The project will cause the inundation of 40 per cent of the Nakai Plateau, an area of wetlands, forest and agricultural land. The presence of the reservoir will impact animal habitats and biodiversity in an area where several species are already under threat. Biomass degradation will have a negative effect on water quality in the first few years. The Nakai Plateau is sparsely populated, but 6000 people will be evicted and resettled. A further 100 000 people depend on the Xe Bang Fai river for their livelihoods, and will be affected by the impact on fisheries, says environmental and human rights group International Rivers Network (IRN).

Villagers affected by the creation of the reservoir will be resettled onto the southern shores of the reservoir. Each family will be provided with land, equipment and training, as well as infrastructure such as irrigation, domestic water, schools and electricity, and a long term health programme. Villagers will have a choice of livelihood options, including agriculture, commercial forestry, reservoir fisheries, livestock husbandry, handicraft and other small-scale commercial activities.


Figure 2. The $1.25 billion project will generate power for export to Thailand
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The aim of the resettlement project is to give villagers a higher standard of living in terms of health and income. Over $20 million has been budgeted for resettlement, equivalent to $19 000 per household. NTPC forecasts that annual household incomes of the resettled families will rise from their present levels of $461 to $800 by year four of resettlement (equivalent to the current poverty line in Laos), and will reach $1200 in year seven.

However, IRN argues that the resettlement project is likely to fail. It proposed that the soil in the resettlement area is unsuitable for crop farming and will need high levels of fertilizer, and there will be insufficient land for grazing livestock.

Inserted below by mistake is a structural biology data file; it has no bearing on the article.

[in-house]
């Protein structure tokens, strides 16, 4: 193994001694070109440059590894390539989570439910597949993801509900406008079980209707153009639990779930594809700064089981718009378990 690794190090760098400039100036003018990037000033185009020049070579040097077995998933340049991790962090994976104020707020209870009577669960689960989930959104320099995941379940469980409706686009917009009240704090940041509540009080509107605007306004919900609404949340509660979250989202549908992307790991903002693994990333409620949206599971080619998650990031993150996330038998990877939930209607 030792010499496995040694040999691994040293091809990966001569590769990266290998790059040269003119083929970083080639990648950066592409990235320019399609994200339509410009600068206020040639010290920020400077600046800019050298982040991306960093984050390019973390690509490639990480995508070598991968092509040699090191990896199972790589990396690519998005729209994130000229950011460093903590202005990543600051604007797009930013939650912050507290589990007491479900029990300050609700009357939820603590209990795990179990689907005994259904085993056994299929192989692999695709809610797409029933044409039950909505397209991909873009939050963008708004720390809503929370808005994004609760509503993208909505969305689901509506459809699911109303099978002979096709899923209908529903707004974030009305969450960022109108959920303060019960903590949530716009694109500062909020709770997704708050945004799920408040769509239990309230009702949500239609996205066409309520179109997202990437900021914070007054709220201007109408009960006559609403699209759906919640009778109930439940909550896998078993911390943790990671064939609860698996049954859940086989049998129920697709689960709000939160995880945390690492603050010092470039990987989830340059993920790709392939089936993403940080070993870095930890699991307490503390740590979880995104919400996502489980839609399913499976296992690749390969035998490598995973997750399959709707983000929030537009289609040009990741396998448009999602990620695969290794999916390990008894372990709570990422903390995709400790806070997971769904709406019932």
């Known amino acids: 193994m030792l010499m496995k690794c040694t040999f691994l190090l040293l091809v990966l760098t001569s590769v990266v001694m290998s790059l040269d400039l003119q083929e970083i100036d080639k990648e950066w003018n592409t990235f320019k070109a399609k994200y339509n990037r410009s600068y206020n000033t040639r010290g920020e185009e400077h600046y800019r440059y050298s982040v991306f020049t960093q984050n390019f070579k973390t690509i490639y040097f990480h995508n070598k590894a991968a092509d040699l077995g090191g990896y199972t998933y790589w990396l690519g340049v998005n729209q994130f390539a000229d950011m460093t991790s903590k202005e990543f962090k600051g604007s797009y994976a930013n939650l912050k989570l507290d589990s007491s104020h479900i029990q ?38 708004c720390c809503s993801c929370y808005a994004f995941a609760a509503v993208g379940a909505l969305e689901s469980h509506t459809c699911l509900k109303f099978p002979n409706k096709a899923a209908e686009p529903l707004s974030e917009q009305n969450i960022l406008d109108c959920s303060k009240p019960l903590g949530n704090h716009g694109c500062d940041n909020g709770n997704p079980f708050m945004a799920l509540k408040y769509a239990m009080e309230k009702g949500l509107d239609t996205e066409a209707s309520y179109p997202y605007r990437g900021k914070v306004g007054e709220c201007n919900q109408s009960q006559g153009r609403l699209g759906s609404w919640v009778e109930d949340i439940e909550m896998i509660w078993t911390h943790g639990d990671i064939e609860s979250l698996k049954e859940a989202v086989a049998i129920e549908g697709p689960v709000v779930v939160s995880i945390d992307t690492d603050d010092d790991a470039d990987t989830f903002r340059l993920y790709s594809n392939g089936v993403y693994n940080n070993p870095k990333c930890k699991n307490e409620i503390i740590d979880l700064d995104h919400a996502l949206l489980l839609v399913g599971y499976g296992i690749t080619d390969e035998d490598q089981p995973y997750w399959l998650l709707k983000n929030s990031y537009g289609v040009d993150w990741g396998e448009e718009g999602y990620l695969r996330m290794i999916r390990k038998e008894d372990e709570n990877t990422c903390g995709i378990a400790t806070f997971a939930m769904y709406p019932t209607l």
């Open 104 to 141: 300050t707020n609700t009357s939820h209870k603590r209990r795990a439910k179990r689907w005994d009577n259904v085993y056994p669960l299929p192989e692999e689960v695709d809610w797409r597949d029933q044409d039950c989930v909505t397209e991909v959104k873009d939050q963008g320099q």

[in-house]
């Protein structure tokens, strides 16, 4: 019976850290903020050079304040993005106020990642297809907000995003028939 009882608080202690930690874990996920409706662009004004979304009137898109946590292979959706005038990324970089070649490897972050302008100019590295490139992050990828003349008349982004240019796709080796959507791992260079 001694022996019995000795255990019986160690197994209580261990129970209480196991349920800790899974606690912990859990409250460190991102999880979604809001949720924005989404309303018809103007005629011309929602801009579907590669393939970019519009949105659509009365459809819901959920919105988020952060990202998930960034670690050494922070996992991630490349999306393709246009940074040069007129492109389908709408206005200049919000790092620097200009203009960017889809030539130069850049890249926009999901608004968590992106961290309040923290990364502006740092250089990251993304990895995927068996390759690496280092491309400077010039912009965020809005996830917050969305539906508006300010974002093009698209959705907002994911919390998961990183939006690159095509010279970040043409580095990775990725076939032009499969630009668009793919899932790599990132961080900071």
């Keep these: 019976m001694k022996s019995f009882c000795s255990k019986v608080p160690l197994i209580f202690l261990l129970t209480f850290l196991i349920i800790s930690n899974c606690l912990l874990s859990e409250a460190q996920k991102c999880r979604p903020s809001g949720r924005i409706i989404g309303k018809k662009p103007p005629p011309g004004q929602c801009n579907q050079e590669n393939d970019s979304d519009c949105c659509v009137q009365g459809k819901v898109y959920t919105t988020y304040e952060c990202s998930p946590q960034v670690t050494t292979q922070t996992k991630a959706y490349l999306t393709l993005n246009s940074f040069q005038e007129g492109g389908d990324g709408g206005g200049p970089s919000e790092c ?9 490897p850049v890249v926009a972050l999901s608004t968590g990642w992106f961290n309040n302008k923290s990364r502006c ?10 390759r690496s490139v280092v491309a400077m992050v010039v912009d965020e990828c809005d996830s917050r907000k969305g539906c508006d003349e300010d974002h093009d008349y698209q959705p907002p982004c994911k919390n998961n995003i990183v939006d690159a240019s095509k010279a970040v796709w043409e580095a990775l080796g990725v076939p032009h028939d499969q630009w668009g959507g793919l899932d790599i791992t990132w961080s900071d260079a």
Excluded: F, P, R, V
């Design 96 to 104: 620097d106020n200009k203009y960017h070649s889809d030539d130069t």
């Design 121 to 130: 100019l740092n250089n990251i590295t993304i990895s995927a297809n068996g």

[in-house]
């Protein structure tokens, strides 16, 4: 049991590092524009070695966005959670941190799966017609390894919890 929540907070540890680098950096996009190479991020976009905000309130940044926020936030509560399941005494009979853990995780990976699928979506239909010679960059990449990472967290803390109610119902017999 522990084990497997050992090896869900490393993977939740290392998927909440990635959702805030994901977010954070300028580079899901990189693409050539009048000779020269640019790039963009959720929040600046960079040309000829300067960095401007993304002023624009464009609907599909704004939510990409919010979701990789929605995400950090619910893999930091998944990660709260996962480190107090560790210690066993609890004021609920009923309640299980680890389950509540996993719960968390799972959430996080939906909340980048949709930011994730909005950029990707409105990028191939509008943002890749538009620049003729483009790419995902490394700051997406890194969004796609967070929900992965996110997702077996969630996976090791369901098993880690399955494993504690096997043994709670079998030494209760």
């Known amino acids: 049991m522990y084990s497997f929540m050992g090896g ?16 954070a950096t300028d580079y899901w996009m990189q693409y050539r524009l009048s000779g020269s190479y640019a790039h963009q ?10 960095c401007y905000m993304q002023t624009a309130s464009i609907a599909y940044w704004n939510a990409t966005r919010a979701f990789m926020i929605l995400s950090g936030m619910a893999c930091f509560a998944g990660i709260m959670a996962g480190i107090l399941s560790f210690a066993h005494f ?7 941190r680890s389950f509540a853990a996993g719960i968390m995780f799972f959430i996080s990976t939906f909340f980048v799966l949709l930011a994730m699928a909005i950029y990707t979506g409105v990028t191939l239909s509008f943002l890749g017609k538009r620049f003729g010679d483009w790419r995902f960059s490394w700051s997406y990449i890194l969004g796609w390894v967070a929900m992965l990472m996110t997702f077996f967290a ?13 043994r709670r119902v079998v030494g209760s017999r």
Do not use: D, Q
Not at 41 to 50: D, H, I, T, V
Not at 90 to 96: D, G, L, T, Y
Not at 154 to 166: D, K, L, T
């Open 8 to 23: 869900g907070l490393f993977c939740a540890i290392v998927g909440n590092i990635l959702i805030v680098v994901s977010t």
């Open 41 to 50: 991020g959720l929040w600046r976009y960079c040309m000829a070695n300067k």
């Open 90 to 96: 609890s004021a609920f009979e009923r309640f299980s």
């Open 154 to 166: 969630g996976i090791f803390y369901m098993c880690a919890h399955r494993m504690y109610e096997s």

IRN believes that the project will do little to improve the livelihoods of those directly affected by the dam. It points to other hydropower projects in Laos, which, it says, have negatively affected tens of thousands of Laotians. It also believes that the ADB has failed in its duty to adequately monitor projects once completed.

The critics have also cast doubts over the capacity of the project to boost development in Laos, mainly due to the weak governance environment in the country and the fact that revenues from the project will be mixed with other public resources. IRN says that there are no safeguards in place to monitor the usage and effectiveness of government revenue from the project.

Managing change

The Nam Theun 2 project has been designed to meet the ten World Bank guidelines on environmental and social issues. The commitments of the various parties to social and environmental safeguards are part of the Concession Agreement and are legally binding. Social and environmental safeguards account for ten per cent of total project costs. Non-compliance penalties will be imposed as far as social safeguards are concerned, with monitoring carried out by NTPC’s lenders and the Lao government.

Three safeguard documents have been drawn up to meet the Lao government’s and financial institutions’ requirements: an environmental assessment and management plan, a plan to manage social impacts, and a watershed management plan. These documents are based on ten years of study and preparation and aim to ensure the mitigation of biophysical impacts and implementation of biodiversity conservation measures, as well as the mitigation or offset of environmental impacts. In addition, there has been public participation and consultation under the supervision of an independent ADB-financed non-governmental organization and World Bank advisor, a process that will continue throughout project implementation. A detailed grievance procedure is in place for resettled villagers.